Rodney thinks he's finally figured it out; at last he knows why his best friend here irritates him as much as he delights him. Sure, he's smarter than Sheppard and has the numbers to prove it. But Sheppard took the Mensa test out of curiosity, to see what it was like. He had passed it and never even bothered to send in the membership paperwork. Later, a long time after the adrenaline of their encounter with Kolya has faded, Rodney realizes how goddamned annoyed he is at Sheppard for that.
Because that achievement meant nothing to Sheppard. Or, to be more precise, it didn't matter to him as it did to Rodney. The strangest things came so easily to Sheppard and he merely shrugged at them. Major 'Ancient gene that only a fraction of living humans possess is in my DNA? I can light up an abandoned alien city like a Christmas tree? Huh, what do you know about that?' John Sheppard.
Deep down, Rodney knows that what bothers him most is that Sheppard's sense of self isn't affected by any of these things. Whereas Rodney needs achievement and acknowledgment on a fairly regular basis or he feels himself starting to fade around the edges, beginning to disappear the way he did when he was a child. Other people merely needed food, water, shelter and oxygen to survive. Rodney needs other people to see him... and what was the point of being seen if you weren't seen as the best?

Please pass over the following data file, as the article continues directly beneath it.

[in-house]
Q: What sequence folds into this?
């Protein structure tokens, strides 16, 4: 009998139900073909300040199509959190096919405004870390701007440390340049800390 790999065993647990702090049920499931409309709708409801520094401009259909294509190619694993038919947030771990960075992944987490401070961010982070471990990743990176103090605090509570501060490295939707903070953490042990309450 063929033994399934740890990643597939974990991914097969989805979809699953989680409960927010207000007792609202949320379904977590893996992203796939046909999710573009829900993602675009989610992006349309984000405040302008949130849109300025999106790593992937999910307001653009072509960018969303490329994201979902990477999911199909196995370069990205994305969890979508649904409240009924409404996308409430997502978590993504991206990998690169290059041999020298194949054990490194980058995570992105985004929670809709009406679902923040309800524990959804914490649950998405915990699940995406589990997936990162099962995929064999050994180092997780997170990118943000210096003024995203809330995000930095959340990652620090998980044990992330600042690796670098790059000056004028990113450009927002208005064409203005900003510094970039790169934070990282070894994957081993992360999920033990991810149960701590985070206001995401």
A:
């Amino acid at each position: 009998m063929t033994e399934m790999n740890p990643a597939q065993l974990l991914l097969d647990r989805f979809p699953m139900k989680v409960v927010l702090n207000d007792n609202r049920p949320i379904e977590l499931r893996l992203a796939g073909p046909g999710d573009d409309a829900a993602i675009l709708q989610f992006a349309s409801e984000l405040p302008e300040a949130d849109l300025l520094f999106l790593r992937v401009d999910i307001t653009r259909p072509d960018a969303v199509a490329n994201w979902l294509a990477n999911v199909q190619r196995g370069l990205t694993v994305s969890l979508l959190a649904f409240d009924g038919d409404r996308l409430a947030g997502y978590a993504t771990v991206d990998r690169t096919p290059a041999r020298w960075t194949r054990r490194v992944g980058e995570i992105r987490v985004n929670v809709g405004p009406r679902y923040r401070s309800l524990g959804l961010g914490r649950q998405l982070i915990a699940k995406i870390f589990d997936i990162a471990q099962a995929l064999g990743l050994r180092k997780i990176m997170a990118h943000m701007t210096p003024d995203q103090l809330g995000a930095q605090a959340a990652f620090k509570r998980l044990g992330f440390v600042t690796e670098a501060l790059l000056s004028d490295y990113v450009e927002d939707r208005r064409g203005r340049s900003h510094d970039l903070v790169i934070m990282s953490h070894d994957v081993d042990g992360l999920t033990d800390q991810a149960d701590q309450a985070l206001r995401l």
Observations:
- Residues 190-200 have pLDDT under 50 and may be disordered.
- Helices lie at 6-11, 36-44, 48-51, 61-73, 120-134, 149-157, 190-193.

He is the best, at lots of things. He knows the circuitry of the city as no one else does. He reads Ancient now, better than some of the linguists they brought along. He has built bombs, hotwired space-ships, saved people's lives again and again. But Sheppard is better at the one thing Rodney wants most. John Sheppard can be himself, even alone, in the dark, screaming in pain or laughing at himself. It's not an intelligence quotient Rodney is familiar with and he doubts there is any test but the ones they seem to encounter day after day in this bizarre galaxy. John passes those tests again and again, never blurs, never fades.
Rodney waits for the day that he, too, can be the best at being himself. So he watches Sheppard and he tries to be Rodney McKay as hard as he can, forcing himself into bas-relief. Sometimes, he almost thinks it is working.